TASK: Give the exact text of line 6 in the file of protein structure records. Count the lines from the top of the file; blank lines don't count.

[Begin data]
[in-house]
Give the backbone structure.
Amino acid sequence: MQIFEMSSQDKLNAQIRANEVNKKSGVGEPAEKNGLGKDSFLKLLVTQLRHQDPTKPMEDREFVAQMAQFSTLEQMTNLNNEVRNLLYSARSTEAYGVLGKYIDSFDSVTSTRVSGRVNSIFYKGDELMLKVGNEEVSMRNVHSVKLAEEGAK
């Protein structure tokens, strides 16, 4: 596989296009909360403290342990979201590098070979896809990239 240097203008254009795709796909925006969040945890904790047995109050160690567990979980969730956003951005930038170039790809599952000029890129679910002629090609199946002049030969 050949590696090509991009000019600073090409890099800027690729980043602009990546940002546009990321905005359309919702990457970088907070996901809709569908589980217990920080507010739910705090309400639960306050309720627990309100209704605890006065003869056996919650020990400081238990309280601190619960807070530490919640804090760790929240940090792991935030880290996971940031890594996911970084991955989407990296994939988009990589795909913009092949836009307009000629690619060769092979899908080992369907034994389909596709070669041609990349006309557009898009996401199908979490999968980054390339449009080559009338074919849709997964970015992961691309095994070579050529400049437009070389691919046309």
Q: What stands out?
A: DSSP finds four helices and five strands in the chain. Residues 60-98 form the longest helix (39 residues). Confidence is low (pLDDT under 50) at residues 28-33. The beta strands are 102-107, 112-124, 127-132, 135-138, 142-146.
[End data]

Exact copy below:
A: DSSP finds four helices and five strands in the chain. Residues 60-98 form the longest helix (39 residues). Confidence is low (pLDDT under 50) at residues 28-33. The beta strands are 102-107, 112-124, 127-132, 135-138, 142-146.